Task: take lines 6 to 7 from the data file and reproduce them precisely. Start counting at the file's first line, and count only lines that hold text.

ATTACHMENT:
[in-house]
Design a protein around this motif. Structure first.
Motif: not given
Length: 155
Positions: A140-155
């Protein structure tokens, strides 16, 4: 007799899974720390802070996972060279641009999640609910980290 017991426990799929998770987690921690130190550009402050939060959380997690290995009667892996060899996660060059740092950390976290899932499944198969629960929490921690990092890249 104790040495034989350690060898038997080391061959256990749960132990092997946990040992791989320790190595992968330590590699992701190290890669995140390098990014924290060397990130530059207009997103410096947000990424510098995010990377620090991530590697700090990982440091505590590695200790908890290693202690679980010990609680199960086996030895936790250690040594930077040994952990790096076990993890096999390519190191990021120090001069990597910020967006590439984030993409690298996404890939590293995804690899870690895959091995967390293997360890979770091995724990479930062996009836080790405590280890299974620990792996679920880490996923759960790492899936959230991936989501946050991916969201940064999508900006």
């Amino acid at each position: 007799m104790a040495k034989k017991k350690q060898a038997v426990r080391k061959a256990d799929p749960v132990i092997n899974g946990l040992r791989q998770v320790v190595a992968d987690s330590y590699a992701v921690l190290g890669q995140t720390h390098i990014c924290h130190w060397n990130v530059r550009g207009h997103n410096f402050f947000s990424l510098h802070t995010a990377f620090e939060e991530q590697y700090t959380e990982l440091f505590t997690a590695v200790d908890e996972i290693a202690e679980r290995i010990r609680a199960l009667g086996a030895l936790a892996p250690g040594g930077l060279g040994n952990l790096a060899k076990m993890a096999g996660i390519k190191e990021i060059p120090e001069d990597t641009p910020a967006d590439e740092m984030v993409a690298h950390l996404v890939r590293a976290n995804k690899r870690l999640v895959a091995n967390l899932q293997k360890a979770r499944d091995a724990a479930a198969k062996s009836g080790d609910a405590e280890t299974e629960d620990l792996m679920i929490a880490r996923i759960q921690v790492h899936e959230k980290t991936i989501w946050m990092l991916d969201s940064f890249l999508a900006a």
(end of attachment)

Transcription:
């Protein structure tokens, strides 16, 4: 007799899974720390802070996972060279641009999640609910980290 017991426990799929998770987690921690130190550009402050939060959380997690290995009667892996060899996660060059740092950390976290899932499944198969629960929490921690990092890249 104790040495034989350690060898038997080391061959256990749960132990092997946990040992791989320790190595992968330590590699992701190290890669995140390098990014924290060397990130530059207009997103410096947000990424510098995010990377620090991530590697700090990982440091505590590695200790908890290693202690679980010990609680199960086996030895936790250690040594930077040994952990790096076990993890096999390519190191990021120090001069990597910020967006590439984030993409690298996404890939590293995804690899870690895959091995967390293997360890979770091995724990479930062996009836080790405590280890299974620990792996679920880490996923759960790492899936959230991936989501946050991916969201940064999508900006």
């Amino acid at each position: 007799m104790a040495k034989k017991k350690q060898a038997v426990r080391k061959a256990d799929p749960v132990i092997n899974g946990l040992r791989q998770v320790v190595a992968d987690s330590y590699a992701v921690l190290g890669q995140t720390h390098i990014c924290h130190w060397n990130v530059r550009g207009h997103n410096f402050f947000s990424l510098h802070t995010a990377f620090e939060e991530q590697y700090t959380e990982l440091f505590t997690a590695v200790d908890e996972i290693a202690e679980r290995i010990r609680a199960l009667g086996a030895l936790a892996p250690g040594g930077l060279g040994n952990l790096a060899k076990m993890a096999g996660i390519k190191e990021i060059p120090e001069d990597t641009p910020a967006d590439e740092m984030v993409a690298h950390l996404v890939r590293a976290n995804k690899r870690l999640v895959a091995n967390l899932q293997k360890a979770r499944d091995a724990a479930a198969k062996s009836g080790d609910a405590e280890t299974e629960d620990l792996m679920i929490a880490r996923i759960q921690v790492h899936e959230k980290t991936i989501w946050m990092l991916d969201s940064f890249l999508a900006a």